Monday, March 8, 2010
flexing mussels of the Northwest
The town of Coupeville on Whidbey Island is an hour and a half away from our humble market. You can take a 20 minute ferry ride from Mukilteo, just north of Everett. Or you can head even farther and cross the breathtakingly high bridge over Deception Pass onto this quiet, and scenic Puget Sound island filled with mom and pop stores, road side stands, farms and on this particular weekend: mussel festivals.
Mussels are available year round and the folks at Penn Cove Shellfish deliver their bounty every single day. Since 1975, this operation has been sustainably farming and harvesting shellfish and amazingly delivering the goods within 24 hours to dinner plates worldwide. You can eat in Singapore and see "Penn Cove Mussels" on the menu!
With the temperatures in Seattle hitting near 65 and the sun shining, Saturday at Mussel Festival was more like a Grateful Dead show than a gathering in Coupeville. The boat tours were sold out, the mussel eating competition you couldn't get a seat or a view, and all the chowders in town were empty by early afternoon. Pictures from the event graced the front page of the Times and the shopkeepers and restauranteurs in Coupeville definitely had good nights of sleep on saturday night.
Sunday however, the overcast skies of March returned and Coupeville was back in it's element. Dogs sat outside tied to the trees as folks with spoons, cups and punch cards for the chowder tastings and "mussel hustle" took over Coupeville for a second day.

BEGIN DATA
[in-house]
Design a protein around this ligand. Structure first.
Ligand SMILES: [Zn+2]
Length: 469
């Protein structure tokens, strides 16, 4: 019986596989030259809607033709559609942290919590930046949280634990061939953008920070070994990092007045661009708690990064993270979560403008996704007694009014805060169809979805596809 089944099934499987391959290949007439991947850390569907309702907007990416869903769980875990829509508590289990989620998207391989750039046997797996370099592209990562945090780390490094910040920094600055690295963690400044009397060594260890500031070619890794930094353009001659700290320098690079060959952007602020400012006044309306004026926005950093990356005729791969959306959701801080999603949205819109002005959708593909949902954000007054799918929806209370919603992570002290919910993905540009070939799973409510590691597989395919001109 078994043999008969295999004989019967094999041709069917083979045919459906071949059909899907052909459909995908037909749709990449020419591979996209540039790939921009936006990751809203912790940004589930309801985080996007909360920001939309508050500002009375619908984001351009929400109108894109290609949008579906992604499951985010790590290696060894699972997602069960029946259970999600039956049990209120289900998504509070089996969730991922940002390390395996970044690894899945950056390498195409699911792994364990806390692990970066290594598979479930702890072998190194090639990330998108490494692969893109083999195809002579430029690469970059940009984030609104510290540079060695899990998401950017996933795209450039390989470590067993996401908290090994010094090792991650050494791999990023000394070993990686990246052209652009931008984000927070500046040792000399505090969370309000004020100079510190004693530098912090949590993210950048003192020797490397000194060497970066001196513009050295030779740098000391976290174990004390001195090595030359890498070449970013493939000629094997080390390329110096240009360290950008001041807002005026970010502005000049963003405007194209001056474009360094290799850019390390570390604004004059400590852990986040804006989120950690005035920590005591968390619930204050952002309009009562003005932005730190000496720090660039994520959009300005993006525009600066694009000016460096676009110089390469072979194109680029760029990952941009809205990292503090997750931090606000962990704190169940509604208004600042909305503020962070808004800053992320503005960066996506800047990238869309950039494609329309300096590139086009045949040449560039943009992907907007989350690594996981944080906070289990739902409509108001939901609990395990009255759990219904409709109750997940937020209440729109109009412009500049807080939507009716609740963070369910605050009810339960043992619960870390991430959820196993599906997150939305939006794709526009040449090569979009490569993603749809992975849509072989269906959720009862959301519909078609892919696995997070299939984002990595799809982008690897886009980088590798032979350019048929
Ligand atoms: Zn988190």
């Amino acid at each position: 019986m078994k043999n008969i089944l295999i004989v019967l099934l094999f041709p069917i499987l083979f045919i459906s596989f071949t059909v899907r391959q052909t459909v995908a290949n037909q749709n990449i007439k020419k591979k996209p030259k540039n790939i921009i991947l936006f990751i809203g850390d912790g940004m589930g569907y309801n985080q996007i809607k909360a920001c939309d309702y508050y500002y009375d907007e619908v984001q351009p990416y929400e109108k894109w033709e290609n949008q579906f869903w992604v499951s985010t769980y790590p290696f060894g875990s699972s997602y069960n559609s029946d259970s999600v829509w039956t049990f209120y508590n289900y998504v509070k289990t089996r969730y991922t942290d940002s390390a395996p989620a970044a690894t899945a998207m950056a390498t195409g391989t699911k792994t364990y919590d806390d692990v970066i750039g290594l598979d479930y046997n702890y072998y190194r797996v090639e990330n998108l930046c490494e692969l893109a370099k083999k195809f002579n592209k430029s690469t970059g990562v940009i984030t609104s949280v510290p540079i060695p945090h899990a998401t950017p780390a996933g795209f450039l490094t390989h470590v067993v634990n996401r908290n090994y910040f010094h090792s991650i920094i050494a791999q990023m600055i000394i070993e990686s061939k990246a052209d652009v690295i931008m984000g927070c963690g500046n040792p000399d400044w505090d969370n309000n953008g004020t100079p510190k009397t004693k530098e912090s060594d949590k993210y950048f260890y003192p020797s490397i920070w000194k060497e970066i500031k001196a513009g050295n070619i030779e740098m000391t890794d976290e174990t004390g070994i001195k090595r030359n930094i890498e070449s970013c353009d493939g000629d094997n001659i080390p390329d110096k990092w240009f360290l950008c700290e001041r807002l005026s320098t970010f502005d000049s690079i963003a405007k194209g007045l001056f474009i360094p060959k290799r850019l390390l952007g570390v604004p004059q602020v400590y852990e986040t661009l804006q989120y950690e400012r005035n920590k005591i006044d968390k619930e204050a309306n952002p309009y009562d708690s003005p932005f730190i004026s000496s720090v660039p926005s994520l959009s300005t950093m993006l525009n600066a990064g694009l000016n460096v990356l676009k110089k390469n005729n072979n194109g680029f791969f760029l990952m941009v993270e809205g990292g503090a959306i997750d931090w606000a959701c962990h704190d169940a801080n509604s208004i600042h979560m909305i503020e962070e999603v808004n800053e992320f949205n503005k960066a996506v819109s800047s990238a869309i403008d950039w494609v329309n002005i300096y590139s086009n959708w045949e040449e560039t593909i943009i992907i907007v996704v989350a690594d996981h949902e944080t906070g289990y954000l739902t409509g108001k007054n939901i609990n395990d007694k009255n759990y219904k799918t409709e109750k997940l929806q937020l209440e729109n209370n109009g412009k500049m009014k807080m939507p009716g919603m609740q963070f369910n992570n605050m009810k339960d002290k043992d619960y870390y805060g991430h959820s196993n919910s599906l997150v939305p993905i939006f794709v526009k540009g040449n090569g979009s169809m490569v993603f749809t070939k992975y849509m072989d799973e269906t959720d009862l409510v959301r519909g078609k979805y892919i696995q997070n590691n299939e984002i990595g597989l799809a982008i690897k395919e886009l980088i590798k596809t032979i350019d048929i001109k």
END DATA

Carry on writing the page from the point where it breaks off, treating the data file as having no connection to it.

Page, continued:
"I'm so glad we came today and not yesterday, I heard it was mobbed," said one sunday attendee. The defending champion chowder at the restaurant Oystercatcher was all smiles with the sunday crowds. "We added a little more ruttabega and carrots this year to up the veggie taste." said the owner. People who paid a couple dollars were given a punch card that allowed them to taste up to six different mussel chowders throughout the town. At the end, punch cards were turned and compiled to crown a new mussel chowder champion for 2010.
Toby's tavern had a line out the door,dalmation seals layed out on the mussel flats, Flyers brewery had the suds a flowin', and yes, Scott came up short for year number two in the mussel eating competition.
"Although it was nice to see a fellow Pike Place friend, he looked a little nervous and that's not how you win an eating competition," said Place Pigalle owner Seth. Pigalle keeps mussels as a big presence on their menu and really seemed to be enjoying seeing the other side of their food.